Let me share with you how it sometimes works. It was the day after Halloween, and the choristers were about to sing at church. I heard them warming up in the choir room, so I decided to drop in, say hi, and see my son Desmond. He had spent the night at a friend’s house. In fact he and six other boys had spent the night at this friend’s house.
As I turned the corner in what is now a wonderfully straight hall, I saw Desmond through the open door. He was sitting there with his hoodie on. As I approached I could see that it looked like he had been in a fight with a bear. He had a black eye, and was a bit disheveled. “OK. OK. Steady. Steady. Steady,” I said to myself, knowing the kid was going to go up and sing in front of the church.
There I was in the refining fire. Luckily I had been there before. Margaret, my daughter, is 16 and I’ve seen her the morning after slumber parties, too—I mean, nothing quite this dramatic, but still. The refining fire of those experiences taught me something: to repress my impulse to pull my kid aside and say, “If you don’t sit up and look good and follow instructions, you are never, ever going to have another sleepover as long as you live.” I mean, what would people say? Really, can you imagine? That was my impulse, and it wasn’t streaming from the Holy Spirit—that is for sure.
So I said a prayer, and I wondered how Jesus might have acted if he was the dad of Desmond. And as I did, I remembered something I have learned over the years: that my impulses are usually wrong in these parenting situations. And that made me smile.
When I saw Desmond later in line with the Choristers about to go into the service, I said, “Wow, looks like you had fun last night,” at which he beamed through tired eyes and said, “Oh yeah. We didn’t sleep at all, and we had epic pillow fights.”
“Oh really? Well, I know you can make it through the service. You matter up there. Do a great job, and have fun.” And he did.
That was a Jesus moment for me, because Doyt would have acted differently. That was the opportunity of the refining fire of family: To be in it. To stay in it. To make the mistakes. To say I’m sorry. To say little prayers, often, and over time to develop habits that are patient, graceful, and loving.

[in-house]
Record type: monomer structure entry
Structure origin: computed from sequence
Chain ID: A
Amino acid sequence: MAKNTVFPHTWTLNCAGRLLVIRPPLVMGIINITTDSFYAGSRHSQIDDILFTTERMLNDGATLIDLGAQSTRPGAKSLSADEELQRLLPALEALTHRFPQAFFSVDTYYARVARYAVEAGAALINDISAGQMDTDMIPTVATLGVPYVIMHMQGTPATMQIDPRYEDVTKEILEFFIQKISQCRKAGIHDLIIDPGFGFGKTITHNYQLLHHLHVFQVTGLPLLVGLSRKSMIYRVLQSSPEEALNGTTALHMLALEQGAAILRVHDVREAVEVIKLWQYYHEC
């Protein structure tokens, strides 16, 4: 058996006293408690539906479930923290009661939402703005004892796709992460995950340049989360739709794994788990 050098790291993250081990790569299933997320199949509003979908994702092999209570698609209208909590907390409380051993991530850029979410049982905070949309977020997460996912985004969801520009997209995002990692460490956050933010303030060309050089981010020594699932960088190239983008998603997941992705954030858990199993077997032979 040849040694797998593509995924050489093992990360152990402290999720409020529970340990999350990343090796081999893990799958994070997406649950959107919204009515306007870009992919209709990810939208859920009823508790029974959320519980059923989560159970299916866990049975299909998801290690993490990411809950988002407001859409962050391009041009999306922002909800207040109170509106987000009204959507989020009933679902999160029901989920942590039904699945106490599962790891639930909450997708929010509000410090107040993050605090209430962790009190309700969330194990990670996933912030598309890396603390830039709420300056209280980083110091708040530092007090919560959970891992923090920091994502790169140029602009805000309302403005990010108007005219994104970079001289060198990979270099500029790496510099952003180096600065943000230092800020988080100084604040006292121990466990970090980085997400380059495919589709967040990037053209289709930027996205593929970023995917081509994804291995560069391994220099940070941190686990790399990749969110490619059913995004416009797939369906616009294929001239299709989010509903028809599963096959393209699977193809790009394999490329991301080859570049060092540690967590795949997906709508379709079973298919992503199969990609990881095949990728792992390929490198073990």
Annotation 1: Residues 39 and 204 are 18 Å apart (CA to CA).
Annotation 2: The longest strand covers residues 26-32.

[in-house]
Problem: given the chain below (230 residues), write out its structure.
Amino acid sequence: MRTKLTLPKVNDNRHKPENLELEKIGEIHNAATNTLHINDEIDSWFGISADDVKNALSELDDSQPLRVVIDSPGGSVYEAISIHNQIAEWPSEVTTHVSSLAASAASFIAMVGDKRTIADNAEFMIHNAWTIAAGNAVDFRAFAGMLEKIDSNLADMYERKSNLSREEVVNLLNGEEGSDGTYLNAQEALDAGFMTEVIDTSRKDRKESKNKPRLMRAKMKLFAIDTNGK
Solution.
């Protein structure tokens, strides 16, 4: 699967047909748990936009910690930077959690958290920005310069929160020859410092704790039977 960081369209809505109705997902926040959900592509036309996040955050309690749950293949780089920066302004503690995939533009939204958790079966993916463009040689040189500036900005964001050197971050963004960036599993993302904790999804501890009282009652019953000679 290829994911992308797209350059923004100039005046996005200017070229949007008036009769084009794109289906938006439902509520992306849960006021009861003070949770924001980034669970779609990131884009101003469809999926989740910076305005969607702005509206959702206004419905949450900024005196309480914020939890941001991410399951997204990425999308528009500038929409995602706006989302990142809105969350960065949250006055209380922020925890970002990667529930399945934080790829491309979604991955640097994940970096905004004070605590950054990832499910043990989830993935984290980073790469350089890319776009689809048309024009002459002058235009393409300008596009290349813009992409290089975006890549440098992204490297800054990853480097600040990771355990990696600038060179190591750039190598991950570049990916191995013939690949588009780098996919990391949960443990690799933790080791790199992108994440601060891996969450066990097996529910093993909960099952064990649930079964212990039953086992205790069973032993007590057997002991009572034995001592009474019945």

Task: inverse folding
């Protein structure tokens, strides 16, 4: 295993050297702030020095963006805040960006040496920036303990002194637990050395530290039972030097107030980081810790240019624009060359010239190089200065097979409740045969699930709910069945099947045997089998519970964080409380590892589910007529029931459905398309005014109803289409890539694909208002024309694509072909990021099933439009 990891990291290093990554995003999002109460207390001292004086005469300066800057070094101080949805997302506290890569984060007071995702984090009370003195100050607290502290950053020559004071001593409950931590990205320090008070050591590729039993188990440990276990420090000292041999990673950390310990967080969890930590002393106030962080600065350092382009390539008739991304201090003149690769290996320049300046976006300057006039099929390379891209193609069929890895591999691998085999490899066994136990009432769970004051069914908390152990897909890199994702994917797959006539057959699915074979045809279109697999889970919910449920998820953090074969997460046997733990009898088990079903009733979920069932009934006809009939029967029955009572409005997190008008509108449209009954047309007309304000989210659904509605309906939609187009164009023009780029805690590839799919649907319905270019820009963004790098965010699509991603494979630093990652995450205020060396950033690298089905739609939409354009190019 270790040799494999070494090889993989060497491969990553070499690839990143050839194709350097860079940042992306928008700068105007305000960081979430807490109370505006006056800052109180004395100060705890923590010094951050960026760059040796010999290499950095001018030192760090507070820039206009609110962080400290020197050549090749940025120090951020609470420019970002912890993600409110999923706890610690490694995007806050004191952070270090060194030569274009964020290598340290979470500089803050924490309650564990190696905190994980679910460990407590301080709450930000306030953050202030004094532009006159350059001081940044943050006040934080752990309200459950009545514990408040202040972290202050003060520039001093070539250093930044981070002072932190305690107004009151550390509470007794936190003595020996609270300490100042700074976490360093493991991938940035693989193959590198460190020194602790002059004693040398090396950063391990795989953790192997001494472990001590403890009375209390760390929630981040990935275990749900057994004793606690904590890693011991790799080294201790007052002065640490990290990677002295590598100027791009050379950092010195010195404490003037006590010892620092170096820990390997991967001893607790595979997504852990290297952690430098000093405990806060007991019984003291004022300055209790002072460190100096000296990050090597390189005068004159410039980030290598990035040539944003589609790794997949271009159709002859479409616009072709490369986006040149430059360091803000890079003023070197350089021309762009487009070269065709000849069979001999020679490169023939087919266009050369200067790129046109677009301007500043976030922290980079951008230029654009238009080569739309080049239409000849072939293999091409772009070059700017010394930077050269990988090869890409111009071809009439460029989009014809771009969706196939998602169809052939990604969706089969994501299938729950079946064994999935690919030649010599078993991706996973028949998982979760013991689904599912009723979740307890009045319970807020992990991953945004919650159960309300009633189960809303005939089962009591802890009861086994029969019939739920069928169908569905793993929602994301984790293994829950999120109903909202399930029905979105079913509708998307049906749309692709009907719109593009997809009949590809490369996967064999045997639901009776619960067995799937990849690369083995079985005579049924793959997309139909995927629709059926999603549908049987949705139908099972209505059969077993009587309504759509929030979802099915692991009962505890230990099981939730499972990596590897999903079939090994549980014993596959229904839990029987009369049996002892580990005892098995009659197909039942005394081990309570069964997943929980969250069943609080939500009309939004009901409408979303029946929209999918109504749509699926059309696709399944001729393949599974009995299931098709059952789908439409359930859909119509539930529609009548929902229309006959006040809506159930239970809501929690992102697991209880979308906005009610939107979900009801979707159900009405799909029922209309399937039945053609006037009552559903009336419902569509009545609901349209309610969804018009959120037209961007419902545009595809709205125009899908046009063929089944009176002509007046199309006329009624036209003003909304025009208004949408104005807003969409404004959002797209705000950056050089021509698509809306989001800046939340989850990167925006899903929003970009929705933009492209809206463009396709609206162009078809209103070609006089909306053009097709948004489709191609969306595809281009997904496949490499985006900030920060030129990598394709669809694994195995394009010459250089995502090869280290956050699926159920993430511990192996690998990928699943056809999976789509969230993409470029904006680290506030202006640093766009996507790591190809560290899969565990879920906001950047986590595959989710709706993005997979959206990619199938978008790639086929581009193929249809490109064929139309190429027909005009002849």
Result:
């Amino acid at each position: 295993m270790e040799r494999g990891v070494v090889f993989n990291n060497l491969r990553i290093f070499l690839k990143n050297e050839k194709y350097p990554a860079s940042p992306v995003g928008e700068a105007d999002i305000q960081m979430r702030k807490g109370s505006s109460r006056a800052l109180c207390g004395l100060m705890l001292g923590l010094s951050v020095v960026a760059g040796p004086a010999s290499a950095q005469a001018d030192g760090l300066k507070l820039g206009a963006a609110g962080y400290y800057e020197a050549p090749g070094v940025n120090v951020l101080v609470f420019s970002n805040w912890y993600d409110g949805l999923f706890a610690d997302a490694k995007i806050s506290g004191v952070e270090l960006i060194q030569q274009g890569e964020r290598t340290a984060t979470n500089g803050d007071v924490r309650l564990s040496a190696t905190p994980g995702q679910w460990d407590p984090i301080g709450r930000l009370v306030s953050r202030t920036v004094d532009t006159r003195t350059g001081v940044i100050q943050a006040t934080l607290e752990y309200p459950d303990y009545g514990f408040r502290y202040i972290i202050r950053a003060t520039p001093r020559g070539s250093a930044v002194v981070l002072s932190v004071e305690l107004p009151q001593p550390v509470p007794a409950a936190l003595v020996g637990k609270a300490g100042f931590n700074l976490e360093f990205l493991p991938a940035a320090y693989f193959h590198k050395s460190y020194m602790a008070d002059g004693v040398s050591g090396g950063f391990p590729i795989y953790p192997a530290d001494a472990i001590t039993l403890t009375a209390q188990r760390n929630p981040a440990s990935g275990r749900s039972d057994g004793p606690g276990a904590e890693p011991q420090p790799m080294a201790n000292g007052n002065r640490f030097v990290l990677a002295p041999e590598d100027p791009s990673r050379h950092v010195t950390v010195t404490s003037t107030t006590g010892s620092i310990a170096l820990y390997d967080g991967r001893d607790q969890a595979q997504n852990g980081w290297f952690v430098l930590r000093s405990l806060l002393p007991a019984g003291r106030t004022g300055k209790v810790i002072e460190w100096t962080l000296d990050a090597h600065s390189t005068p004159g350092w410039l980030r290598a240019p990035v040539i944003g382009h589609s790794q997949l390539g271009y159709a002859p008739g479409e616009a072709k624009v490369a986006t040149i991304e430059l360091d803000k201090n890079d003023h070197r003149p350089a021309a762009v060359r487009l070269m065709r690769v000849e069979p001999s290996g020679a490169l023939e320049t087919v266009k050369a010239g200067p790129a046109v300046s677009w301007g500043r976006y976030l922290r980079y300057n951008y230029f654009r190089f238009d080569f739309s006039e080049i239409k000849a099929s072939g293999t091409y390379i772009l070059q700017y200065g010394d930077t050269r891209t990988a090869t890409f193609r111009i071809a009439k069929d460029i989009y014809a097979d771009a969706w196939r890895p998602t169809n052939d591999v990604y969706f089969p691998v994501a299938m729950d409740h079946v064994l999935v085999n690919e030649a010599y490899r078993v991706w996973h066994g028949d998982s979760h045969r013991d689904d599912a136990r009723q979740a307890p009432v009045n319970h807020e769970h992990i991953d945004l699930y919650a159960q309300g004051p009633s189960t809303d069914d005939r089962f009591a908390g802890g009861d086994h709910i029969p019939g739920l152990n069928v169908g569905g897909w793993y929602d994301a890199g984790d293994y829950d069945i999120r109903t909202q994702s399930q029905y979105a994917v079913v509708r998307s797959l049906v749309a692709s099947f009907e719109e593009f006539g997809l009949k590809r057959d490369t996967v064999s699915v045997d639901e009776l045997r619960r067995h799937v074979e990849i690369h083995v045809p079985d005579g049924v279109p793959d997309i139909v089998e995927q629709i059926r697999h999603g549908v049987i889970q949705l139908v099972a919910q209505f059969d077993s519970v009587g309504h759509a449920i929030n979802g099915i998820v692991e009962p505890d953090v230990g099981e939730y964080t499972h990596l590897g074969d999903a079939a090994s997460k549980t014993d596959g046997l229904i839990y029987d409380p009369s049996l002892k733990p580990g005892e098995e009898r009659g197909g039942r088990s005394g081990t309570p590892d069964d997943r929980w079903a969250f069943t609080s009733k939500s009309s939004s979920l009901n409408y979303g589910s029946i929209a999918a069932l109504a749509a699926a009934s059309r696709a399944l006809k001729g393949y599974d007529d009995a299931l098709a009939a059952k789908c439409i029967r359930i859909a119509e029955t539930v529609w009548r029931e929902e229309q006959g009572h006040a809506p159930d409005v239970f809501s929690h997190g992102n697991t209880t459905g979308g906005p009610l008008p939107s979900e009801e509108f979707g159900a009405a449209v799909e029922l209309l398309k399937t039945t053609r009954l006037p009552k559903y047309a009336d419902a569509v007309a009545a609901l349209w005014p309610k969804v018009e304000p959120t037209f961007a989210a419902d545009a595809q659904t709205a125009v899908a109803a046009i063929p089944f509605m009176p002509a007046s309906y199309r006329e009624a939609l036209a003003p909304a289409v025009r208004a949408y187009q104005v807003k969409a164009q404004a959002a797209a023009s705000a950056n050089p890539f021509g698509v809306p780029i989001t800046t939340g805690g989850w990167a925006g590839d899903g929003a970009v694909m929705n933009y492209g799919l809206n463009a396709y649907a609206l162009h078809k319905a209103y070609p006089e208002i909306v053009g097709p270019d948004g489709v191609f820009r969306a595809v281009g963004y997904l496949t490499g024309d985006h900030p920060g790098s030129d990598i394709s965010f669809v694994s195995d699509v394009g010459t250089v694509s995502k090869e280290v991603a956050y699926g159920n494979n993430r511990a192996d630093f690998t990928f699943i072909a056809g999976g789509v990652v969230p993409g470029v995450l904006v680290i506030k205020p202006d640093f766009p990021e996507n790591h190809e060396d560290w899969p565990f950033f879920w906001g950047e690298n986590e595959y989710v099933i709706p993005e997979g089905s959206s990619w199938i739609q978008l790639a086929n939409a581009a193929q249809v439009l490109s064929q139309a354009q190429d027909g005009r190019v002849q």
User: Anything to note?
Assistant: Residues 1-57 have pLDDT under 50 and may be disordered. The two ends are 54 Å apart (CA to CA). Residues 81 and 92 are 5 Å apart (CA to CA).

Family is the place to practice being the person Jesus would be if he were you or me in your family or my family. If the goal is to get family right, then I might have acted differently. But the gift of family, the refining fire of family, is to let it work on us, and not try to get it to work the way we want it to work.
Remember last Sunday when we talked about how terrorists hold us captive when we set ourselves and our survival as the highest best good? Well, it is not all that different with family. If we hold our families as our highest best good, then they hold us captive, and we become inured and insulated from the refining fire of transforming reconciliation.
And so as family time intensifies this holiday season, appreciate the refining fire that you find yourselves in and celebrate this as a chance to be formed and transformed more and more into the image Jesus would portray in your family if he were you.
I’d like to conclude by returning to Luke’s Gospel. It begins with a list of super dysfunctional families, but then moves to Jesus, the Son of God, who came to reconcile us with God and to articulate for us why this reconciliation with God is the highest, best good. For when we are in reconciled relationship with God, when we consider God and set God as the highest, best good, then the landscape of life changes, and it becomes easier to move around. Then the hills are lower, the valleys filled in, and the rough places plain.
So during this Advent season as we look toward the birth of Jesus and the manner by which he reconciles us to God; consider two things:
- How and when and how often you pray for your family. Pray for your family more.
- And how you honor and celebrate your family as the warm, yet refining fire that is meant to bring you into deeper relationship with God and helo you become more whole and holy and fully the person God created you to be.
My prayer this Advent is for reconciliation, wherever that needs to happen and with whomever that needs to happen. After all, when relationship is primary, reconciliation is key.